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Four points are chosen independently and at random on a circle. Find the probability that chords X1X2 and X3X4 intersect a) without calculation using a symmetry argument and b) from the definition by an integral

I'm lost here. I'm thinking of using some kind of angle argument, but not sure how to go about it.

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@user6312 - I think the definition of a "chord" is the part of the line inside the circle, so that's redundant. – Thomas Andrews Apr 18 '11 at 22:00

Without calculation, you can see that given any four points on the circle, there are three ways of partitioning them into two pairs of points, and one way yields an intersection between the chords, the other two yield a non-intersection between the chords. So the probability is $\frac{1}{3}$.

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If $\alpha\in[0,2\pi]$ is the angle from $X_1$ to $X_2$, then the probability that $X_3$ is between $X_1$ and $X_2$, and $X_4$ is between $X_2$ and $X_1$, which is one of the configurations were the chords intersect, will be $\dfrac{\alpha}{2\pi} \cdot \dfrac{2\pi-\alpha}{2\pi}$.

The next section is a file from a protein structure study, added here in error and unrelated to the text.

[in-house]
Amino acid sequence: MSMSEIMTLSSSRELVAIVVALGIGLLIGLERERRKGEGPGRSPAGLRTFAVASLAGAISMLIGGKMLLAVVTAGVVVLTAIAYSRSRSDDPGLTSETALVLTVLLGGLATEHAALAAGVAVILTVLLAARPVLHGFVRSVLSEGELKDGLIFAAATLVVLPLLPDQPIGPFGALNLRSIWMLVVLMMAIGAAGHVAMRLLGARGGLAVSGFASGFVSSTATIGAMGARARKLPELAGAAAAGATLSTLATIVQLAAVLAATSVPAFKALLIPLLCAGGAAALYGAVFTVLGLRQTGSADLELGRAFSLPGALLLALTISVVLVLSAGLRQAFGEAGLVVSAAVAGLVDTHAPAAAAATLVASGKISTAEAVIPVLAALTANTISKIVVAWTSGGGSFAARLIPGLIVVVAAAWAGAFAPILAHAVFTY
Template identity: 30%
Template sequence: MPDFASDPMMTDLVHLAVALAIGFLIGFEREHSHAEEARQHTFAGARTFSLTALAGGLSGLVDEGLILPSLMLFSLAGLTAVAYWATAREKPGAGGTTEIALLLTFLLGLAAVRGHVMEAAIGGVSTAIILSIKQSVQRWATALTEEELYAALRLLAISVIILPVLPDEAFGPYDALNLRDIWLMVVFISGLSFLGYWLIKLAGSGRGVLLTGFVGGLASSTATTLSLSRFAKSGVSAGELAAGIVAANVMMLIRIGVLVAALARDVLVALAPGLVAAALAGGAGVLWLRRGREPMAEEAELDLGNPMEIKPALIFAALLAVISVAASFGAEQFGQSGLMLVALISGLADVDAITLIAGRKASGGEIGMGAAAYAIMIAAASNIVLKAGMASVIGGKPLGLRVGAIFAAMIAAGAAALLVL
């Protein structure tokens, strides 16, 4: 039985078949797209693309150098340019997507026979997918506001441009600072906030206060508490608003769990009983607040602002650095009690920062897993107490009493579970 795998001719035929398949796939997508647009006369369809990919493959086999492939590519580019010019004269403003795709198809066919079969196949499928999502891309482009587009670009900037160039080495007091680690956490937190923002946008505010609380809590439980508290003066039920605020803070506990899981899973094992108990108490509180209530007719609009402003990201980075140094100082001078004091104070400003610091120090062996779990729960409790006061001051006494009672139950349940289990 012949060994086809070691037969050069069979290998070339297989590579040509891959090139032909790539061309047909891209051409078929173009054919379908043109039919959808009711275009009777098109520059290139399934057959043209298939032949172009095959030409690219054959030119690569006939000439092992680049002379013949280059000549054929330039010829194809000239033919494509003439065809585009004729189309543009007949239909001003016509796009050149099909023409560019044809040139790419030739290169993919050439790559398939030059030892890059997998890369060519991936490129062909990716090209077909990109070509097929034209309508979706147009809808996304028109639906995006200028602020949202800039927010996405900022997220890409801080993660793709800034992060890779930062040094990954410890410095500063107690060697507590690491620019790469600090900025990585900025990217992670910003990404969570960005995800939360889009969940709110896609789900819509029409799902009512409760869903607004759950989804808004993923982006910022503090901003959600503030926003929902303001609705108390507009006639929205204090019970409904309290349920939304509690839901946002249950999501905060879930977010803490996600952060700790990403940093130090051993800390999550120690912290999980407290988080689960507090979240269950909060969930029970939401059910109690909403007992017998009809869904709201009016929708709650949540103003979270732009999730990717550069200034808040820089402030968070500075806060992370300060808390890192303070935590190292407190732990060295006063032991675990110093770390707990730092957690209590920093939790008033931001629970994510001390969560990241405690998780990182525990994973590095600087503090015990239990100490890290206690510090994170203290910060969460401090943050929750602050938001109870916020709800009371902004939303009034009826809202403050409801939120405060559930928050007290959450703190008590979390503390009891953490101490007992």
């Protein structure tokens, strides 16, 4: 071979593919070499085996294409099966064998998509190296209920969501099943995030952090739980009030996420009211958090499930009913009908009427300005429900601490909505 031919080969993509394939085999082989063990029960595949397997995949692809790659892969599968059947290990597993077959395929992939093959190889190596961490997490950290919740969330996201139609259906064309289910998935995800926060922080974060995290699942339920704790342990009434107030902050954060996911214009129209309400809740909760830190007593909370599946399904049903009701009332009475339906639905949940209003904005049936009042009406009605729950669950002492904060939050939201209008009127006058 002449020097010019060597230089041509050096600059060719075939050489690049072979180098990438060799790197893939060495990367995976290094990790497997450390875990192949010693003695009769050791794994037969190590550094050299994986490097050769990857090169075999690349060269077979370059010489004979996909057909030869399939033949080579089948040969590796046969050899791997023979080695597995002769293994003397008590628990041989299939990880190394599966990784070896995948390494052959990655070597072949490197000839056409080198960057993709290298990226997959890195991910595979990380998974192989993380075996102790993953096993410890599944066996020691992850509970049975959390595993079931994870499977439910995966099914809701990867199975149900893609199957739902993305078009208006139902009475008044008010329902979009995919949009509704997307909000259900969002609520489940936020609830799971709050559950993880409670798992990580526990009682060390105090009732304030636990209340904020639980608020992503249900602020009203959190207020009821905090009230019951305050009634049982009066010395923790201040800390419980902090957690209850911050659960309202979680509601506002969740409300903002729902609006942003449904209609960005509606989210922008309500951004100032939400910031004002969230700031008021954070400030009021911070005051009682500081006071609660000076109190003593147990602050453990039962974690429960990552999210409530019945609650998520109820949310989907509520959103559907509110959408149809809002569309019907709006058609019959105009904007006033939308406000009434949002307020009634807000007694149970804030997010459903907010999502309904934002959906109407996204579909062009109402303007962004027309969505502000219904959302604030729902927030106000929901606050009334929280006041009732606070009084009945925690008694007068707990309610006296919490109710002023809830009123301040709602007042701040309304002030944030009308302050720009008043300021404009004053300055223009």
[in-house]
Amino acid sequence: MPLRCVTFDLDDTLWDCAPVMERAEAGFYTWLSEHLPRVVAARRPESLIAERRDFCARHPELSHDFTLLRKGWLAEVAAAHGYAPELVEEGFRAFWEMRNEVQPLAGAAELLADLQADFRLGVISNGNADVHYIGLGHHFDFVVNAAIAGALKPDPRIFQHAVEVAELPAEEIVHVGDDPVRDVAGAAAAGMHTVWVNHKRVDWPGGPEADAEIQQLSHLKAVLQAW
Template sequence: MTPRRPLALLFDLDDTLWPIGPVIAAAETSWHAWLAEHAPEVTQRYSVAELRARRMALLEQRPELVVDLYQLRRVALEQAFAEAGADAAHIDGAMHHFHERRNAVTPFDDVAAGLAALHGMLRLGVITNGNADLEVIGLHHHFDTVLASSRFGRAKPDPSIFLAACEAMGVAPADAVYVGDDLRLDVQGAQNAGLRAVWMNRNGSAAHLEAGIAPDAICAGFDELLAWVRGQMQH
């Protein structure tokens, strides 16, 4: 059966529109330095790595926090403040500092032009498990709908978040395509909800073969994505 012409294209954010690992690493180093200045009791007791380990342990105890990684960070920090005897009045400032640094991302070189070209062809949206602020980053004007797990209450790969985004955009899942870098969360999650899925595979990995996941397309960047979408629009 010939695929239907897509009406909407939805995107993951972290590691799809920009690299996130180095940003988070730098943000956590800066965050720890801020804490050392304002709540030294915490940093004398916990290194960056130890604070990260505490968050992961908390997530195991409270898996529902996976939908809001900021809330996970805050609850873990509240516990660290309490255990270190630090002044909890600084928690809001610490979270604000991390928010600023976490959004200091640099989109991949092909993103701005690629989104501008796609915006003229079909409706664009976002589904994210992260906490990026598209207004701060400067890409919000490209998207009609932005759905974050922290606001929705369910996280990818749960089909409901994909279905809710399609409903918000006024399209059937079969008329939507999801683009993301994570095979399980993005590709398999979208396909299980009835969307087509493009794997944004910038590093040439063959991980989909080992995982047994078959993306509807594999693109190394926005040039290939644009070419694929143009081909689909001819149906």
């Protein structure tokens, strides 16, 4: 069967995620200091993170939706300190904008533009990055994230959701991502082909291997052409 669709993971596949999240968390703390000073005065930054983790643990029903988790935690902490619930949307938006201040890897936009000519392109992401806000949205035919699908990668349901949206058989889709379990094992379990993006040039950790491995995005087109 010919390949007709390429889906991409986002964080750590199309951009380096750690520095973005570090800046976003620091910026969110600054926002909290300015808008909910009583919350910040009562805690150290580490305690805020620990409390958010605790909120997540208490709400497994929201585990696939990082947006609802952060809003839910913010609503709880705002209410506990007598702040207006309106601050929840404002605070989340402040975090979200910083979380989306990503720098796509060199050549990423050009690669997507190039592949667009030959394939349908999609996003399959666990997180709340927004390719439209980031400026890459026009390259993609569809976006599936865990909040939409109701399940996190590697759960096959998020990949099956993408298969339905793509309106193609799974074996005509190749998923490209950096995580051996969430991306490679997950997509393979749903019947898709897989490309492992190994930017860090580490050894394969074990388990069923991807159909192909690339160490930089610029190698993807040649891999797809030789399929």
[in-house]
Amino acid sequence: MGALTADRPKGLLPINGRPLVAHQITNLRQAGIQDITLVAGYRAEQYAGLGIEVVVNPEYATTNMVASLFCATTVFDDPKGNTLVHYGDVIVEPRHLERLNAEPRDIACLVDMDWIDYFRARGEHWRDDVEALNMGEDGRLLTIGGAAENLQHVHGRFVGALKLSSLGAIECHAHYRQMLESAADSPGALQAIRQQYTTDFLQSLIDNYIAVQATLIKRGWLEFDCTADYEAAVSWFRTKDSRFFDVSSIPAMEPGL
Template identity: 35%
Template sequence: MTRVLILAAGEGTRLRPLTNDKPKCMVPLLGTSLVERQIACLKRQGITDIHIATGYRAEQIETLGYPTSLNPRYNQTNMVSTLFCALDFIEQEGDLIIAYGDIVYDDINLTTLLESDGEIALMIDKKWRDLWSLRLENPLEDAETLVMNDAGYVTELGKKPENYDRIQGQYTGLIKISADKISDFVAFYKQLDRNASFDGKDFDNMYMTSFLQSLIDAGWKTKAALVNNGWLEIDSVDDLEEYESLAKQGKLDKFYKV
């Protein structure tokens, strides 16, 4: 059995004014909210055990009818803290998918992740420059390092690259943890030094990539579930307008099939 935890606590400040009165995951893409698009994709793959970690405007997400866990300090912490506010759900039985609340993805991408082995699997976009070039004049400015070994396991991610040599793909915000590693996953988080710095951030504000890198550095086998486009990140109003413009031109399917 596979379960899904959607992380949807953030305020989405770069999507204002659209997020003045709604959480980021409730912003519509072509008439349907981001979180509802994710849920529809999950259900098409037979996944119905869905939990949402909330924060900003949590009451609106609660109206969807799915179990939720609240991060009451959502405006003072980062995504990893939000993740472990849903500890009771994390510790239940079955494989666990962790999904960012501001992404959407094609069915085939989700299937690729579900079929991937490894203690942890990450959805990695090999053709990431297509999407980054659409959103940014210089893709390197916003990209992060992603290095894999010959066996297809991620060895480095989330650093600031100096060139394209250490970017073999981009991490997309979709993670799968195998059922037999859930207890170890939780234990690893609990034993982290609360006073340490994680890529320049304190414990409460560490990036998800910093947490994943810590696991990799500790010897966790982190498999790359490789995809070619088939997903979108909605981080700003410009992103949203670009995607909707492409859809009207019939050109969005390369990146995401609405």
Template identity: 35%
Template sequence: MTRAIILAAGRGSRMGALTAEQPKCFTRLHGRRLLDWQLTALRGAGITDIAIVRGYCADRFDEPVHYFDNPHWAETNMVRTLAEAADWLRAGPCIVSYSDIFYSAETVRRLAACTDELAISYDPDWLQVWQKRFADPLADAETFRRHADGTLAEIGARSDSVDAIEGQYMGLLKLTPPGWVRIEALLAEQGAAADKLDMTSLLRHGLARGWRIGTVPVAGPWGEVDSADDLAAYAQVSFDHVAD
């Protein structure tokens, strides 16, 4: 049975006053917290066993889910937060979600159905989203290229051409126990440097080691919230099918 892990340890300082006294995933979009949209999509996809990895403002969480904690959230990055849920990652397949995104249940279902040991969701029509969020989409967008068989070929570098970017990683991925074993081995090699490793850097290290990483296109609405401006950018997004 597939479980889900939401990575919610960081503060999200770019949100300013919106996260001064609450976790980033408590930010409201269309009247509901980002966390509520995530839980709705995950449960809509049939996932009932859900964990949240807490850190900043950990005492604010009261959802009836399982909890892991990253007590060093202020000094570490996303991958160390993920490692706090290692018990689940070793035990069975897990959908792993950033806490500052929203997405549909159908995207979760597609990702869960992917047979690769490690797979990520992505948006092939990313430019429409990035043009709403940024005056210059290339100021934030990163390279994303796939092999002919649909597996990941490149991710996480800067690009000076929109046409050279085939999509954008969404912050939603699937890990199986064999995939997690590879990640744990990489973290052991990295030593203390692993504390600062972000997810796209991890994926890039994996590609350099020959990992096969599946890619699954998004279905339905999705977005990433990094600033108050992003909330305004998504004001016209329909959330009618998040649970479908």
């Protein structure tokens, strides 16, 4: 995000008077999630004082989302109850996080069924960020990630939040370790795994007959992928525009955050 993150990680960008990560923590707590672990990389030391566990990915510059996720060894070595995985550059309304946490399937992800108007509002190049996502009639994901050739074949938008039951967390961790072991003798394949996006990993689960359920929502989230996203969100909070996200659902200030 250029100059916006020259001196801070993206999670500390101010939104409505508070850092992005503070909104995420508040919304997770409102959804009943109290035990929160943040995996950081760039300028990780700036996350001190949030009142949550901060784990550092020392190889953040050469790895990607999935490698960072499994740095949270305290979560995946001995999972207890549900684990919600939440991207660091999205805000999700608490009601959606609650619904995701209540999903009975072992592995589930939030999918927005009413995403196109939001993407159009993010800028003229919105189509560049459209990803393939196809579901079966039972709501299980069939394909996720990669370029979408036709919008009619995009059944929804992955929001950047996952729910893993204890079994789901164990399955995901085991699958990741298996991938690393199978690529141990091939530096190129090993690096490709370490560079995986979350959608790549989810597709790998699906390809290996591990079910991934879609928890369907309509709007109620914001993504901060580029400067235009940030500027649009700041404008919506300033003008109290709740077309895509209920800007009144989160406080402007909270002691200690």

Averaging this for all (equiprobable) values of $\alpha$, we find $$\dfrac{\int_0^{2\pi} \dfrac{\alpha}{2\pi} \cdot \dfrac{2\pi-\alpha}{2\pi} d\alpha}{2\pi} = \left.\left(\dfrac{2\pi\dfrac{\alpha^2}2-\dfrac{\alpha^3}3}{(2\pi)^3}\right)\right|_0^{2\pi}=\dfrac16$$

The probability that $X_4$ is between $X_1$ and $X_2$, and $X_3$ is between $X_2$ and $X_1$ will also be $\dfrac16$, so the probability that there is an interesection will be $2\times\dfrac16=\dfrac13$, consistent with the intuitive answer given by a symmetry argument.

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